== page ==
5. The photo shows one of Bondurant's skid cars. The outriggers are controlled by the instructor from the passenger seat of the vehicle. Operating the hydraulics causes a shift in weight off either the front or rear axle, resulting in understeer or oversteer conditions, respectively. The team was given instructions on how to mitigate those circumstances, lifting off the accelerator or momentarily applying the brakes to shift weight forward to correct an understeer situation or increasing the throttle angle and countersteering to cancel out an oversteer.
6. The team practiced emergency lane change, panic-stop braking, and turning drills in individually assigned Ford Crown Victoria patrol cars.
17 June, 2010
7. Bondurant instructor Les Betchner briefed the team on how to approach an unfamiliar corner on a road using an out-in-out approach. Special emphasis was placed on executing a smooth, efficient posture throughout the turn, maintaining surveillance on the path ahead.
8. Bullock demonstrated the approved technique for downshifting the transmission while braking. The team practiced this on a section of the pad in individually assigned Cadillac CTS-V sedans. Be advised that this is the method to be implemented going forward.
9. Team members regrouped at the Maricopa Oval section of the Bondurant Road Course (See Fig. 1). The team practiced the above technique at consecutively higher speeds.
10. Following a debrief of the day's activities, the team assembled on the pad for autocross drills. The objective was to advance as quickly as possible through a course laid out by the instructors. The fastest time was considered the best; points were deducted for deviating outside the course boundaries or striking a marker.
11. The final exercise was the forward 180-degree turn. Bullock demonstrated the technique:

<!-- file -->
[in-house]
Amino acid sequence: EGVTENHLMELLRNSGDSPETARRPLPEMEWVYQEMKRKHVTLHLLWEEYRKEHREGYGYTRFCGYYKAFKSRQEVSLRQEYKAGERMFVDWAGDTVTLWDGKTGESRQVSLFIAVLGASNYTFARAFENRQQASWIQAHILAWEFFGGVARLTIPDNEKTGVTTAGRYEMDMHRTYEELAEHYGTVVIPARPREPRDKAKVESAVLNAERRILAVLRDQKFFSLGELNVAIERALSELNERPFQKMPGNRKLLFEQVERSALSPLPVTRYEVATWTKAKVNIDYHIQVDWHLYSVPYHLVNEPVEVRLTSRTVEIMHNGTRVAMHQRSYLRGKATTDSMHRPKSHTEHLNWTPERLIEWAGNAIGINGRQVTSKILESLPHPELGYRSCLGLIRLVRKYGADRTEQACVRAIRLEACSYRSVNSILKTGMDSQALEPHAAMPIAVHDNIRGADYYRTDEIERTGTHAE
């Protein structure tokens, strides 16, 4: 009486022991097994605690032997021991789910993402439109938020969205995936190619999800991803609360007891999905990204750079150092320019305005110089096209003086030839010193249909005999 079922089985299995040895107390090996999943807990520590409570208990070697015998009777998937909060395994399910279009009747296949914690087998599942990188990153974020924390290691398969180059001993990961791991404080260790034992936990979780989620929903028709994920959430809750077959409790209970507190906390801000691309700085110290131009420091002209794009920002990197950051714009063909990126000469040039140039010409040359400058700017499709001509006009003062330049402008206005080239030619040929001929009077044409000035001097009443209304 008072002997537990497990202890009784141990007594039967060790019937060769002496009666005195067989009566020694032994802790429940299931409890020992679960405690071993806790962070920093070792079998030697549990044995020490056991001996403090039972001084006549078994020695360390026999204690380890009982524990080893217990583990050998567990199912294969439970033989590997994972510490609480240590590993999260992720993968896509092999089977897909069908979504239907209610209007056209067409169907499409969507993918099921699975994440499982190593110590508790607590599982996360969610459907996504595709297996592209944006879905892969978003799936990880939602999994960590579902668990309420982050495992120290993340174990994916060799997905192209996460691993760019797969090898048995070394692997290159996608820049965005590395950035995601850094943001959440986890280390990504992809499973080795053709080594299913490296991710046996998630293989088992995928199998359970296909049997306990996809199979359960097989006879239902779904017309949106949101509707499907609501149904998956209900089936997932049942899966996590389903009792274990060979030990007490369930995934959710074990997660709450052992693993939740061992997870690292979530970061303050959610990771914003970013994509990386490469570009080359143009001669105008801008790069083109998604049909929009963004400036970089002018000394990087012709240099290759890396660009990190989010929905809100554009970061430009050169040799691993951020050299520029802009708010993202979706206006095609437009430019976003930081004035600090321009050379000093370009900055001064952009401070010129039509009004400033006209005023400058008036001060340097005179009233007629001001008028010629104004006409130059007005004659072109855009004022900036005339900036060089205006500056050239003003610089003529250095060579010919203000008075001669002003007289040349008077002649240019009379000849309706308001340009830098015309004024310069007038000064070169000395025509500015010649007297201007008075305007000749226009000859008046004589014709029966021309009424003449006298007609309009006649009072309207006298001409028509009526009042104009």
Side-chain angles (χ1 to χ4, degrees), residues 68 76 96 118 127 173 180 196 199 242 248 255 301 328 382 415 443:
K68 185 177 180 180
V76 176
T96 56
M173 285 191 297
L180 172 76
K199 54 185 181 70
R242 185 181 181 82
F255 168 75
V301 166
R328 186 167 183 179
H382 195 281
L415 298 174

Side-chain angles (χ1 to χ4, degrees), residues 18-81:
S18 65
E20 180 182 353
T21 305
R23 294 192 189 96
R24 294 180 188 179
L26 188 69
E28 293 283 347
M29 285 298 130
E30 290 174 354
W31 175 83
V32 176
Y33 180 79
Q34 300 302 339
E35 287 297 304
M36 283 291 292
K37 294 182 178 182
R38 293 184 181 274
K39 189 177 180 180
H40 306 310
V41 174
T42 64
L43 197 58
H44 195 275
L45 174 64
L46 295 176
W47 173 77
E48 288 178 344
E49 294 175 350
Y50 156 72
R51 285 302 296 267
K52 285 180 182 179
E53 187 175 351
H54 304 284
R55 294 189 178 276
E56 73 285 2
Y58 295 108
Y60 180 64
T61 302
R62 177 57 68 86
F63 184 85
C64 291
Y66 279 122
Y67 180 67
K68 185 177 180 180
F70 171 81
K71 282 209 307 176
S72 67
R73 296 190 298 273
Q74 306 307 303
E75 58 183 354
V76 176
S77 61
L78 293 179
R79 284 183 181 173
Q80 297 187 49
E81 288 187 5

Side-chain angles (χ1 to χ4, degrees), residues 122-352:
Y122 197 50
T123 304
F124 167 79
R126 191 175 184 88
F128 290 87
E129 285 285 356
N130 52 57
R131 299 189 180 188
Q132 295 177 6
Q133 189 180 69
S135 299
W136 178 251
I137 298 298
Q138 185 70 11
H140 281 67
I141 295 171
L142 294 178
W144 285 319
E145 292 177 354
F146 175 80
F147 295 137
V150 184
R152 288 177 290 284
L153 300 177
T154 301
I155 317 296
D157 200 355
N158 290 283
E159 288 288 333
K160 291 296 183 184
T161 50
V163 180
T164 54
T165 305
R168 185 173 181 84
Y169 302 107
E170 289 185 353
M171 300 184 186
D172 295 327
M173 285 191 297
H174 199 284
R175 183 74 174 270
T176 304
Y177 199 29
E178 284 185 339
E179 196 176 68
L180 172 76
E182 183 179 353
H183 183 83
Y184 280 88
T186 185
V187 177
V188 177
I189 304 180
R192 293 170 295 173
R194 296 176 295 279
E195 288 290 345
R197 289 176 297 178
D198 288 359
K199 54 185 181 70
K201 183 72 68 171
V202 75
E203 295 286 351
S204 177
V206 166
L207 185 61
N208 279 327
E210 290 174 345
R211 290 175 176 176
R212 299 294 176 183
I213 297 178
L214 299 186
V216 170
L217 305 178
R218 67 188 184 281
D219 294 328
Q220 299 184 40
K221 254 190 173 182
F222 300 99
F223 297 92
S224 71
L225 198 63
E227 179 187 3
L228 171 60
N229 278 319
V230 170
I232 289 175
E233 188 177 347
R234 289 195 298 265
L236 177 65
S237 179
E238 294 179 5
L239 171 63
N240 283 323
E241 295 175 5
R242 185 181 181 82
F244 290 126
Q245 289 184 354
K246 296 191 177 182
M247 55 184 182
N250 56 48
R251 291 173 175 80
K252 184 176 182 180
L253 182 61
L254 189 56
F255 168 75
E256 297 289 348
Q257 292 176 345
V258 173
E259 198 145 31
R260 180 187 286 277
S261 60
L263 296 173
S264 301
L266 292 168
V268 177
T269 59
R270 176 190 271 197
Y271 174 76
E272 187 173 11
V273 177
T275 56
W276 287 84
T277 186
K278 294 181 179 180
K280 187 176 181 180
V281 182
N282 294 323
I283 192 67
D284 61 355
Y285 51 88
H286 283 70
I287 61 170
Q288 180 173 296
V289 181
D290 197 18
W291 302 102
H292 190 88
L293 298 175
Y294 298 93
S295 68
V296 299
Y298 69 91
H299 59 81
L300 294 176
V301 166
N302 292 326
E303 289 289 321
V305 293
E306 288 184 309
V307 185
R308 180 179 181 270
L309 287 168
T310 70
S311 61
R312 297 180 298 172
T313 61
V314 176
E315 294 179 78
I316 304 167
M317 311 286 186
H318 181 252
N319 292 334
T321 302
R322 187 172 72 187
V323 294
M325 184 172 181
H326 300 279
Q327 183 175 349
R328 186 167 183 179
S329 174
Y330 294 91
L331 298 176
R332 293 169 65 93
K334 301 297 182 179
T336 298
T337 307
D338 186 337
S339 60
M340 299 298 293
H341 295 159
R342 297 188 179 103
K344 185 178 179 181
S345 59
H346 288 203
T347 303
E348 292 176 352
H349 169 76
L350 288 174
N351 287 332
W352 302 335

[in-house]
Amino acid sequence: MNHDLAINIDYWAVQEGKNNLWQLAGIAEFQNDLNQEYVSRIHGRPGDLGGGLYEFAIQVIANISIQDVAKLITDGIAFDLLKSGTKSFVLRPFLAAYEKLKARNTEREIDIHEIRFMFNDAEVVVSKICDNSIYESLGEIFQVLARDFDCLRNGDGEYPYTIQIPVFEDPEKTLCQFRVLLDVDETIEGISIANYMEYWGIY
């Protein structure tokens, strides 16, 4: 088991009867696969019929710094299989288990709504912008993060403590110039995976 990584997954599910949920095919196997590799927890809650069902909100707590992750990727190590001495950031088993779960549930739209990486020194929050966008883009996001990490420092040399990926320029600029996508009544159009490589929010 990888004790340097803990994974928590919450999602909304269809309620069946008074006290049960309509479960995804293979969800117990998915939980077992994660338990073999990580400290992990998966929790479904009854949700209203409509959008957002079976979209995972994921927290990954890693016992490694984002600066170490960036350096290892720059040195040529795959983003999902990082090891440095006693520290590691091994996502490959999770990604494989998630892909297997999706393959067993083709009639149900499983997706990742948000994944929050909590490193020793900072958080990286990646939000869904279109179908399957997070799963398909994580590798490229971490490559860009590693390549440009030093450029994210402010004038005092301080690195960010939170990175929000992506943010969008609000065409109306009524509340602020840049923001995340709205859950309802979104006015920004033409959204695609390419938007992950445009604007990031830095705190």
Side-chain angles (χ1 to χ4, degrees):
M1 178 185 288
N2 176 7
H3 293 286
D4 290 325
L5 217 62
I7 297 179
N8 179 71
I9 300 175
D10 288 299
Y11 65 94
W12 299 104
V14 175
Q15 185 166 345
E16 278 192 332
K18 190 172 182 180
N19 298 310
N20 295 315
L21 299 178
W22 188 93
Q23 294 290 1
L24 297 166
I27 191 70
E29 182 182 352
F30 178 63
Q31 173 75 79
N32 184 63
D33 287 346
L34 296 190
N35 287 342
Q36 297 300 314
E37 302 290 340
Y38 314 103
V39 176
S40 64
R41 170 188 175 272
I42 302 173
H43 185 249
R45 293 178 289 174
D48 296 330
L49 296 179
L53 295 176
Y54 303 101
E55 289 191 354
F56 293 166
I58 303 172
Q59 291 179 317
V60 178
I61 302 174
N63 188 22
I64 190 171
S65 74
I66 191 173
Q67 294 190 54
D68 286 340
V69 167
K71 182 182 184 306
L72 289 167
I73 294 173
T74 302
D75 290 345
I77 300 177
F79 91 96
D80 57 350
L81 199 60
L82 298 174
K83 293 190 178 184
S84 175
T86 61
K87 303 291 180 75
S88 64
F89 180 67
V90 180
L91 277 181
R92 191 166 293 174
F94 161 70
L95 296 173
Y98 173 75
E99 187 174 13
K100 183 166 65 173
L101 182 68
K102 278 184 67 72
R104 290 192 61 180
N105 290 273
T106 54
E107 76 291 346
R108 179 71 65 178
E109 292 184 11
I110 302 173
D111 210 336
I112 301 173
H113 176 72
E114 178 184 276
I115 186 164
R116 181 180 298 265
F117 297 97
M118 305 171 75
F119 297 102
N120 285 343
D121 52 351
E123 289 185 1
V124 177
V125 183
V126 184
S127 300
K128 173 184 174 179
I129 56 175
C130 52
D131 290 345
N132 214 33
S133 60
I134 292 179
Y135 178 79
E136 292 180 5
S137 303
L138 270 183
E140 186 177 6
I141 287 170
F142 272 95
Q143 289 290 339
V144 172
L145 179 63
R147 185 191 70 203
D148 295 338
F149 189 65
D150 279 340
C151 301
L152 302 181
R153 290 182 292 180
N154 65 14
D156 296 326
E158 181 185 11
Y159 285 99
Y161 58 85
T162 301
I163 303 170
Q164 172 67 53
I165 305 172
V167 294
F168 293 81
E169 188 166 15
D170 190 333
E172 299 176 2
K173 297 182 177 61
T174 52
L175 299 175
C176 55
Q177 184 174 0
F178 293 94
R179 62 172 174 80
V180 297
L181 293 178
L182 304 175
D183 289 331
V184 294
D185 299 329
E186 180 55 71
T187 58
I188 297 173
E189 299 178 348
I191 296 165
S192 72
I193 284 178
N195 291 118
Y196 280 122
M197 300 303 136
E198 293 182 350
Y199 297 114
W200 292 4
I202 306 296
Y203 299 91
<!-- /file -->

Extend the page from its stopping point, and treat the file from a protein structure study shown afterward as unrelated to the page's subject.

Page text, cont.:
- Accelerate to full-throttle in a forward direction to attain sufficient velocity and generate momentum to initiate the spin.
- Once target speed is achieved, suddenly and fully depress the parking brake pedal to lock the rear wheels. Be advised: Some vehicles may have differing parking brake control.
- Once the rear wheels have begun to slide, turn the steering wheel sharply past 180 degrees. The rear axle will begin to rotate around the front axle in the direction the steering wheel was turned.
- As the vehicle nears a 180-degree change in direction, release the parking brake and roll into the throttle countersteer as needed to stay on the newly desired trajectory.
12. Following a debrief of the day's activities, the team assembled on the pad for autocross drills. The objective was to advance as quickly as possible through a course laid out by the instructors. The fastest time was considered the best; points were deducted for deviating outside the course boundaries or striking a marker.
13. Upon completion of the autocross, the team engaged with a lengthy track session in assigned Cadillac CTS-V sedans. Following that, Bullock introduced the principles of the PIT (Pursuit Intervention Technique). Making contact with a suspect's vehicle in a precisely timed and targeted manner, the pursuing vehicle can unload the suspect vehicle's rear axle. The resultant shift in weight opens the suspect vehicle's rear axle to forces from the pursuing vehicle. The pursuing vehicle accelerates while continuing to turn into the path of the suspect vehicle, causing it to spin.